Last but not least, there is a snazzy mention on the front of the bottle about liquorice root. Liquorice root contains the molecule ‘licochalcone’, which bestows the liquorice root extract used in cosmetics with both anti-inflammatory and anti-microbial properties when applied topically (it has different effects orally!). These are likely the root (excuse the pun!) of Liquid Gold’s reputation for reducing the appearance of acne and other pesky blemishes, as these conditions have an underlying inflammatory and microbial basis.
One very interesting property of liquiroice extract is its pigment-lightening properties. Dubbed “the safest pigment-lightening agent with the fewest side effects” in the scientific literature, the key component conveying this property is ‘glabridin’. Glabridin inhibits the enzyme tyrosinase, which is responsible for the first step of melanin production. Melanin is the skin’s pigment, and so hindering its production has lightening effects, making the skin look younger. That’s some hardcore Beauty Science right there! As an added extra, Feb ’15 edition of cosmopolitan named liquorice on their list of sexiest smells!
Sweeping the web, it seems there has been a complete spectrum of Liquid Gold reviews amongst beauty bloggers and the general public. The general consensus is that the product does reduce the appearance of acne scars and blemishes but overall, results dramatically depend on skin type. Kendra Lee backs Alpha H Liquid Gold even past the hype, using the product twice a week and swears her skins consistently looks healthier and refreshed the morning. On the other hand, beauty bloggers like Sophia Ford reported very little difference in her skin and not enough to support the hype. The product does boast a low pH which is good for exfoliation however can irritate sensitive skin. Miss Budget Beauty had mixed feelings on the subject and has done a number of follow-up reviews on this product, including a video blog. It seems she has the best advice: try and get your hands on a sample before committing to the £33.50 for 100ml of Liquid Gold!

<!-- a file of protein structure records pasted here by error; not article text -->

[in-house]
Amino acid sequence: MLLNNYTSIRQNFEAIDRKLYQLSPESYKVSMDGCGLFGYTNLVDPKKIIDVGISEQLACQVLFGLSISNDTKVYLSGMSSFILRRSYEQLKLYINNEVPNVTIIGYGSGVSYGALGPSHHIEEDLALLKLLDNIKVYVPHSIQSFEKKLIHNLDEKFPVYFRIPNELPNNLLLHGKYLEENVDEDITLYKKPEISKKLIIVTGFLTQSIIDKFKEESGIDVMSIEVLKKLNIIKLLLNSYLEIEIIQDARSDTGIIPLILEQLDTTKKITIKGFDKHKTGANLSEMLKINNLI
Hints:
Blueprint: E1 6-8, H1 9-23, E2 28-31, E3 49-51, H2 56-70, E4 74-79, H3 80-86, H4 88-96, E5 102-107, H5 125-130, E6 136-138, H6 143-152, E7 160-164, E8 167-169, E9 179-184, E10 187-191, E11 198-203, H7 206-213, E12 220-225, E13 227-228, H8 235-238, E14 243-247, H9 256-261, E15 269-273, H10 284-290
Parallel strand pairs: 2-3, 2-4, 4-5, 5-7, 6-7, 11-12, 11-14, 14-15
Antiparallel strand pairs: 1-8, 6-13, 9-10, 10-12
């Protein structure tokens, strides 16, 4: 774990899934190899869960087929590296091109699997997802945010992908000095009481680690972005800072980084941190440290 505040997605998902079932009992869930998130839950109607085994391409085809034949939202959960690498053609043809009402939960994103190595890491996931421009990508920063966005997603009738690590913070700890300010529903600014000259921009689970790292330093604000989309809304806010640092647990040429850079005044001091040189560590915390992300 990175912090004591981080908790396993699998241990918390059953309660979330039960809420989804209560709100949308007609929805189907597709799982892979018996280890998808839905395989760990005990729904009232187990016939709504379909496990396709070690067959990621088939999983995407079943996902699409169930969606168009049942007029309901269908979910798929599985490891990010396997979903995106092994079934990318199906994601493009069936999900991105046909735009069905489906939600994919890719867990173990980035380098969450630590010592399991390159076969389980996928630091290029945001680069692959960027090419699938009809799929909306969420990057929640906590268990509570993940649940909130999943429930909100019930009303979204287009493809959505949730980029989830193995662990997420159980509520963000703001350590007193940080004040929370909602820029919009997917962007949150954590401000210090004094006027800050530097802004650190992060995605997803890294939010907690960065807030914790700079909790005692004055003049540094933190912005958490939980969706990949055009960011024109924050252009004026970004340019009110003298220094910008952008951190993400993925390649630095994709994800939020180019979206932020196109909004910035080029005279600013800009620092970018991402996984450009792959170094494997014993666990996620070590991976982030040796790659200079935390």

Whilst we’re not sure this product lives up to the claims of “revolutionary” and “state of the art” visage revitalisation, from the science side of things it looks like this product has got a little something going on, and it’s certainly a little cheaper that some of the products out there that are charging us liquid gold! You never know, this might be the answer to the minimal effort masterpiece you’ve been longing for. If you like the sound of it, and want to treat yourself, you can purchase yours HERE!
Clarin’s Double Serum Complete Age Control Concentrate
Feeling a little old now it’s 2015? How and why do we age?
IOMA Paris Youth Booster
Antibacterial Activity of Licochalcone A against Spore-Forming Bacteria
http://www.ewg.org/skindeep/ingredient/703019/HYDROLYZED_SILK/Safety assessment of 1,2-glycols as used in cosmetics.
Skin Ageing: Natural Weapons and Strategies
Moisturizers for Acne
Inhibition by licochalcone A, a novel flavonoid isolated from liquorice root, of IL-1beta-induced PGE2 production in human skin fibroblasts.
Mechanisms Regulating Skin Pigmentation: The Rise and Fall of Complexion Coloration
Image reference: http://www.beautybay.com/pages/alpha-h-glycolic-acid/